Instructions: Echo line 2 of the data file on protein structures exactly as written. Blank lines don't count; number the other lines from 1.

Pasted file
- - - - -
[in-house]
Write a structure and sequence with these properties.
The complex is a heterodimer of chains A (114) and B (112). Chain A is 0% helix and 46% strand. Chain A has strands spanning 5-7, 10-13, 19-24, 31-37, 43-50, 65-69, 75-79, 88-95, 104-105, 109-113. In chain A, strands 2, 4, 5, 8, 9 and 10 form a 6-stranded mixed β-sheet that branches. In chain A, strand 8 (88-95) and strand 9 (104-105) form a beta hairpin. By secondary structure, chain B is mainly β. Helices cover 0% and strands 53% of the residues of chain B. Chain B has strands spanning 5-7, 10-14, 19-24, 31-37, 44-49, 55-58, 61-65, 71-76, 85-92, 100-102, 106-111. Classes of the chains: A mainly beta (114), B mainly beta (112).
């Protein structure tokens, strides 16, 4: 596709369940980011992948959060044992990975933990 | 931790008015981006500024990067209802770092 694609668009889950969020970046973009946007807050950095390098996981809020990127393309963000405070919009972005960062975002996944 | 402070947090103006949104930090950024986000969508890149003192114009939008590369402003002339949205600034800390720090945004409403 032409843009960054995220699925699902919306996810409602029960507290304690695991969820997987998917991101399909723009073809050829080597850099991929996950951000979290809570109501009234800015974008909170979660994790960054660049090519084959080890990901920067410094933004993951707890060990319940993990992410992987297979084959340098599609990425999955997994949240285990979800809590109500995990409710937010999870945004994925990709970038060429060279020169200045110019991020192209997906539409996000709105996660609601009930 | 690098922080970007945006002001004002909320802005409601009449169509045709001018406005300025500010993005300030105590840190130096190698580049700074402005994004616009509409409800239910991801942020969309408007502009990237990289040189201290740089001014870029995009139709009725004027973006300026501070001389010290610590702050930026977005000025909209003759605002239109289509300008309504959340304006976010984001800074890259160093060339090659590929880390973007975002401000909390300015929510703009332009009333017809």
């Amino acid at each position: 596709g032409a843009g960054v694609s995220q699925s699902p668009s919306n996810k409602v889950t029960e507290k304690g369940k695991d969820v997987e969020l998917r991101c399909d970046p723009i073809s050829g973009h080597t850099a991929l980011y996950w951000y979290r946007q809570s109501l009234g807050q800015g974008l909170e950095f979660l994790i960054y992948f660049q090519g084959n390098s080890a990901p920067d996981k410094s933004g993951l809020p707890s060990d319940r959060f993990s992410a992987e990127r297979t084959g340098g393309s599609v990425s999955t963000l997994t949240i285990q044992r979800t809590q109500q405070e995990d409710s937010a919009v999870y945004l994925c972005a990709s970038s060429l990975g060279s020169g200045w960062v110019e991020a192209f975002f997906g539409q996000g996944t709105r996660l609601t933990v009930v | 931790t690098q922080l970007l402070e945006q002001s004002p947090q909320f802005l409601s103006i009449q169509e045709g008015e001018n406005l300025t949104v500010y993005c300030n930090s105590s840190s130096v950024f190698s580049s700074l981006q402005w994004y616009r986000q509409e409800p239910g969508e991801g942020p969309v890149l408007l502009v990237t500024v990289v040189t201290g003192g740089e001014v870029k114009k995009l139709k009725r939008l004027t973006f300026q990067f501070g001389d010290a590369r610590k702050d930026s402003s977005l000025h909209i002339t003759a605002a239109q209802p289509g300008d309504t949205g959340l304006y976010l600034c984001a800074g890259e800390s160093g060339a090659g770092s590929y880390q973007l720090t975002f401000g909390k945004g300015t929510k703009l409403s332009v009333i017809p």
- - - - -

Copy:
Write a structure and sequence with these properties.